Concert Review: Greg Dulli Raises Spirits at the First Unitarian Church Sanctuary

The Afghan Whigs' frontman plays an intimate, career-spanning show.

Greg Dulli [photo by Chris Sikick]

Greg Dulli [photo by Chris Sikich]

Greg Dulli delivered a powerful sermon of rock and soul from the pulpit of the First Unitarian Church’s Sanctuary on Sunday.

Purple lighting and a few candles illuminated the man and his band, with tall shadows creeping up the church’s walls throughout the 23-song set that drew from Dulli’s long career in The Afghan Whigs, The Twilight Singers and The Gutter Twins.

There was something for everyone in the sold out crowd. The show opened with the Whigs’ “If I Were Going” and spanned their career until the first encore closer of “Summer’s Kiss” from the just-turned-20 album Black Love.

And then there were the covers, which Dulli puts such care into, no matter the genre. On this evening Marvin Gaye (“Please Stay (Once Your Go Away)”), Leonard Cohen (“Paper Thin Hotel) and Rodgers and Hart (“My Funny Valentine”) sounded fantastic. Most wonderfully, he ended the evening with David Bowie’s “Modern Love,” which is not a song he has played much on the tour. It was magnificent, stripped down and reassembled in a way only Dulli could do it. And so was the night. Yes there were some absurd Philly crowd issues that led to a fellow coming on stage only to be removed. But nothing could dampen the spirit of a rock show with Dulli as lead conjurer.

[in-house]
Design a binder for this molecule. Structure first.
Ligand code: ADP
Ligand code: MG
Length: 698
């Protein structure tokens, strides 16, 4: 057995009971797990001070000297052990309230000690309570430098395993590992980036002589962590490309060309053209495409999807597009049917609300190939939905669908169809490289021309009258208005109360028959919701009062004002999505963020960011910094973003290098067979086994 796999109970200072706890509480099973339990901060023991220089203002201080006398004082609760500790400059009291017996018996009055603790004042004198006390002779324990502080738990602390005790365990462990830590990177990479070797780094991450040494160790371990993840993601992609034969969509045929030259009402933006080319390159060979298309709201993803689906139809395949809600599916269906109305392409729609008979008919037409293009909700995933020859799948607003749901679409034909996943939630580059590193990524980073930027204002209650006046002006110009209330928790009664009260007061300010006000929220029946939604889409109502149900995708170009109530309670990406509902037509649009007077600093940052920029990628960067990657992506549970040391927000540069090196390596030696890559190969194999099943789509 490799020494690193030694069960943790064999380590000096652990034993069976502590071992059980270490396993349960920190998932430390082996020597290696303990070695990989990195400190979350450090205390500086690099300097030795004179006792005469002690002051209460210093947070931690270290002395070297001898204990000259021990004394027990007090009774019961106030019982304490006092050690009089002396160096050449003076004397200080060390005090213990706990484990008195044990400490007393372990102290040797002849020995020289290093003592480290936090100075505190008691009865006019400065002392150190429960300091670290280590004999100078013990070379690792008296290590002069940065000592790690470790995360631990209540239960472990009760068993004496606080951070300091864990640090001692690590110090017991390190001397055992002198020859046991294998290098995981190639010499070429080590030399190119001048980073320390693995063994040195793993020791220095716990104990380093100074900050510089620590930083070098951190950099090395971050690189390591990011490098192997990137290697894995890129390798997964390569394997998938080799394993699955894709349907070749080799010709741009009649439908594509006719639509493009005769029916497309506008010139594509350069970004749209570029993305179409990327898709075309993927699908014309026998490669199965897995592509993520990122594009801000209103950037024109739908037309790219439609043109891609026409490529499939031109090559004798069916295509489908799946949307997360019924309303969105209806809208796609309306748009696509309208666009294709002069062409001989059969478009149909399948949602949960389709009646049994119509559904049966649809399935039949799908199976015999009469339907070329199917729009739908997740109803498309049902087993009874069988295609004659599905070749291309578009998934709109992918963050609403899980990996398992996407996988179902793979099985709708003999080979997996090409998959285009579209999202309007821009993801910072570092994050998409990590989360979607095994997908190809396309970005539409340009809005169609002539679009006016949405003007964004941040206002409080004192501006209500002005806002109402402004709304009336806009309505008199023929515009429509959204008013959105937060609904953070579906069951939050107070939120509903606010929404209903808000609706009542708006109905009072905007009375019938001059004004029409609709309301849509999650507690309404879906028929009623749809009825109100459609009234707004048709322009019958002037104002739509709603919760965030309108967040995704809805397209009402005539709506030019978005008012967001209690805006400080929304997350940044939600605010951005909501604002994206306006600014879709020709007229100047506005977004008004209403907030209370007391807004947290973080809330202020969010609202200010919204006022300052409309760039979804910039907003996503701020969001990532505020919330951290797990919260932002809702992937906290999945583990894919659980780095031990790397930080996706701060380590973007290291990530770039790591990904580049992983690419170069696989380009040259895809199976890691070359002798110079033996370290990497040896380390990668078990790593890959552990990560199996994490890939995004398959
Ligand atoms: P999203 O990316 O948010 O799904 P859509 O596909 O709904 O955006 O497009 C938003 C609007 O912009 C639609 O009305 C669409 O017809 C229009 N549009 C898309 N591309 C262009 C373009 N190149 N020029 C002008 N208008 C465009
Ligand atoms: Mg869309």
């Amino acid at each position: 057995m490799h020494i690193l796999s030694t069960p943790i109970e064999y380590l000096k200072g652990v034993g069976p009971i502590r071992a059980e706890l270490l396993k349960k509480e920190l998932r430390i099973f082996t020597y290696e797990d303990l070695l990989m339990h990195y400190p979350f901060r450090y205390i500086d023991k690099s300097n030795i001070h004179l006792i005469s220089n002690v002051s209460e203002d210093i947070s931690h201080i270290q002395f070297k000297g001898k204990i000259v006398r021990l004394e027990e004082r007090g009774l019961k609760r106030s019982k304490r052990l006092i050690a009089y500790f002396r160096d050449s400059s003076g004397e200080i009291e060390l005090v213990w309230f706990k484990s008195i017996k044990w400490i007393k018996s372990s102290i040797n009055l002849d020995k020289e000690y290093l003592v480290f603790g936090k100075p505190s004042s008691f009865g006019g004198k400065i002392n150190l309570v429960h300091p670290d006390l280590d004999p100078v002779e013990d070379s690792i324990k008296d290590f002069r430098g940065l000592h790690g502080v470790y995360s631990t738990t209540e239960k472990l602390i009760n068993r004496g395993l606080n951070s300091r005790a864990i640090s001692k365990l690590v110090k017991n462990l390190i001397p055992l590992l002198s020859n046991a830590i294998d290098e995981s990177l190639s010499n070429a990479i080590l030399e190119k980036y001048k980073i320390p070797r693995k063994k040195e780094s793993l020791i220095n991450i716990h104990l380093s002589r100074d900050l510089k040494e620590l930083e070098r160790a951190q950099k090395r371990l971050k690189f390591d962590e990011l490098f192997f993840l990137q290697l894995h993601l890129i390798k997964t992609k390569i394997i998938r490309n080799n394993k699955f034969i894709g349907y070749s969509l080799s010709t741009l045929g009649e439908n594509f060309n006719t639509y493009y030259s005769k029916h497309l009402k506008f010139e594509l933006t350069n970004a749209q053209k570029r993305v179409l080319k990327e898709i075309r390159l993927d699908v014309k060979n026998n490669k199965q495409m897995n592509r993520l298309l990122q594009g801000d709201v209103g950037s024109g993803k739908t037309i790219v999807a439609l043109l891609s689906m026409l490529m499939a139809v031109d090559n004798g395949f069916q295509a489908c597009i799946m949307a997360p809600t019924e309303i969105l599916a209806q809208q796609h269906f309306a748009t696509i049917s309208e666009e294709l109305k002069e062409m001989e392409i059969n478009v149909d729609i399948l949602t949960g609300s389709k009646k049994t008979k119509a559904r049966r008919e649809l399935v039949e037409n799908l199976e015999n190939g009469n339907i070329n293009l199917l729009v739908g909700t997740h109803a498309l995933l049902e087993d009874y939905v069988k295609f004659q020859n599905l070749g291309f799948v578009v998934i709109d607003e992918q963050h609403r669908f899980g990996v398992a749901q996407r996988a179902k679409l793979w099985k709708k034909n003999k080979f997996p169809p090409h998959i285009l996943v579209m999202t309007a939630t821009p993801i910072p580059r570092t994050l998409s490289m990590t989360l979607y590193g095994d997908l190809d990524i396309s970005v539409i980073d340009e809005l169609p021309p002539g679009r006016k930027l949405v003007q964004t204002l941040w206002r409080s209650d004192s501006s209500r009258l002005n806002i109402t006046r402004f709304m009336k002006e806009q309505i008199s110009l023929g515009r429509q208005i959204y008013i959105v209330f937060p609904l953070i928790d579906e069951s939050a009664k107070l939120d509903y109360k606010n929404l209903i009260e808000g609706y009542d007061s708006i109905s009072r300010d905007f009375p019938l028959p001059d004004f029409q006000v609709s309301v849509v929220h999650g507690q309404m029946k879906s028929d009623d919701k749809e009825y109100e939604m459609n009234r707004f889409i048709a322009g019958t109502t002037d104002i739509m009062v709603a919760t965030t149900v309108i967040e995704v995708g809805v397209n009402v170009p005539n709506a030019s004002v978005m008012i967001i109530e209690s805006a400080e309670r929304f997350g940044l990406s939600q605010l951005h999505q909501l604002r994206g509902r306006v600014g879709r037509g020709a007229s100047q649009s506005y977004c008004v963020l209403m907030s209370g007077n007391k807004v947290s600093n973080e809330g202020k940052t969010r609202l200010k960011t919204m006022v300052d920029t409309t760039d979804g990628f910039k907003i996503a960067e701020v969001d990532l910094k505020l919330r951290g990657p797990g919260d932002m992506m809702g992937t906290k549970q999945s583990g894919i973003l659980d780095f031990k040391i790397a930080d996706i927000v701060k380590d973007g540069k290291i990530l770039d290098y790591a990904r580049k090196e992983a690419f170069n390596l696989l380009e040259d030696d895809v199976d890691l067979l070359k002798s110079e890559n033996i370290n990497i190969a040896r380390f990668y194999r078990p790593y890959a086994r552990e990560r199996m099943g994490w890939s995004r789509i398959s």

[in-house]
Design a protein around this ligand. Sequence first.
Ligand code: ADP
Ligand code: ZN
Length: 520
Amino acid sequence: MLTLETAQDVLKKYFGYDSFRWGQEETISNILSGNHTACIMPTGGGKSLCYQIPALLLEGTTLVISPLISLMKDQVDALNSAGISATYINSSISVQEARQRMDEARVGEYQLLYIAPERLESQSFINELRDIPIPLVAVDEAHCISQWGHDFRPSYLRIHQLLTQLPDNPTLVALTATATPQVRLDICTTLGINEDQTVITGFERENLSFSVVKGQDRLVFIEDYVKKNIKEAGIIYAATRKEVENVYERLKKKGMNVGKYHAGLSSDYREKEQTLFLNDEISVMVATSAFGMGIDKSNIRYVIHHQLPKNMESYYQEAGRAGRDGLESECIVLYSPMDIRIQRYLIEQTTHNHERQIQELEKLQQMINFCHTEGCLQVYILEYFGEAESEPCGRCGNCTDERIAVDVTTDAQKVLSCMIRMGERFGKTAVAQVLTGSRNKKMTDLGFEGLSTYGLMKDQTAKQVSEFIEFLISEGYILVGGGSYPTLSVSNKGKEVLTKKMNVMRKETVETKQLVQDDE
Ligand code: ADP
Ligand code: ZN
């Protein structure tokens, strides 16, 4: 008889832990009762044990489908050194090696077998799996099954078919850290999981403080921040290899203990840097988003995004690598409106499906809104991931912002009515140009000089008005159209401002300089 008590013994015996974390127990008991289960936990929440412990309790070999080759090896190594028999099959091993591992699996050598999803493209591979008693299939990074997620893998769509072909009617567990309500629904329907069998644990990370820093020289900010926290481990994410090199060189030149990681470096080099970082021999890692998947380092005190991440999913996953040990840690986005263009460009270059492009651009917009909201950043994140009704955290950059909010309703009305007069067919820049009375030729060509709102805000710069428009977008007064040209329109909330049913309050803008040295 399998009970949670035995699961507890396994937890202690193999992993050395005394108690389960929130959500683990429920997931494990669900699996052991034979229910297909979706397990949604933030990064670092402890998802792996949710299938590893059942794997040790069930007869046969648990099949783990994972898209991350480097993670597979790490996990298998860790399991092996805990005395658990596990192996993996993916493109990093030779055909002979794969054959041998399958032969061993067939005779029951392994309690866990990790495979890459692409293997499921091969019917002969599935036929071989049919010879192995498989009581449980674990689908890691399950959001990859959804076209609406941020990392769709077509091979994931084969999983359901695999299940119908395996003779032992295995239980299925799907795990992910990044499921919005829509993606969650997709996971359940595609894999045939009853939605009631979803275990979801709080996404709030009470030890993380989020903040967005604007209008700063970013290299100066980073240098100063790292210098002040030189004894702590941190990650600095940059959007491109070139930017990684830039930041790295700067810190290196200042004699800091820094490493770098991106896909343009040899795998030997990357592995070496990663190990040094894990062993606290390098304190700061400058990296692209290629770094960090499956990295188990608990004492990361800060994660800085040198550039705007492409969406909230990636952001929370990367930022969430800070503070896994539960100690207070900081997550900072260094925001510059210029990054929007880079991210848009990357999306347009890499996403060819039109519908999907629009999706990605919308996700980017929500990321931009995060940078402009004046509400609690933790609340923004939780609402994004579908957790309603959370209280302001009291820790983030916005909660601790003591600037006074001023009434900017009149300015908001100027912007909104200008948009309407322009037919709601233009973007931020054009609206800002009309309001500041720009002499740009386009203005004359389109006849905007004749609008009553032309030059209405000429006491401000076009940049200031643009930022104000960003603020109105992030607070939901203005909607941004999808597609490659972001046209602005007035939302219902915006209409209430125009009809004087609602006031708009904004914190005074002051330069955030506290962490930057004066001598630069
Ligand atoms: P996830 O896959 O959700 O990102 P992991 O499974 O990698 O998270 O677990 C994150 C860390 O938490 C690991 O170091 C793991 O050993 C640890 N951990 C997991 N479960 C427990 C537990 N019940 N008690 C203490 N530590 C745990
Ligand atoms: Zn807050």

Poet Derrick Brown opened with odd and introspective musings on his life and the human experience.

Slideshow below.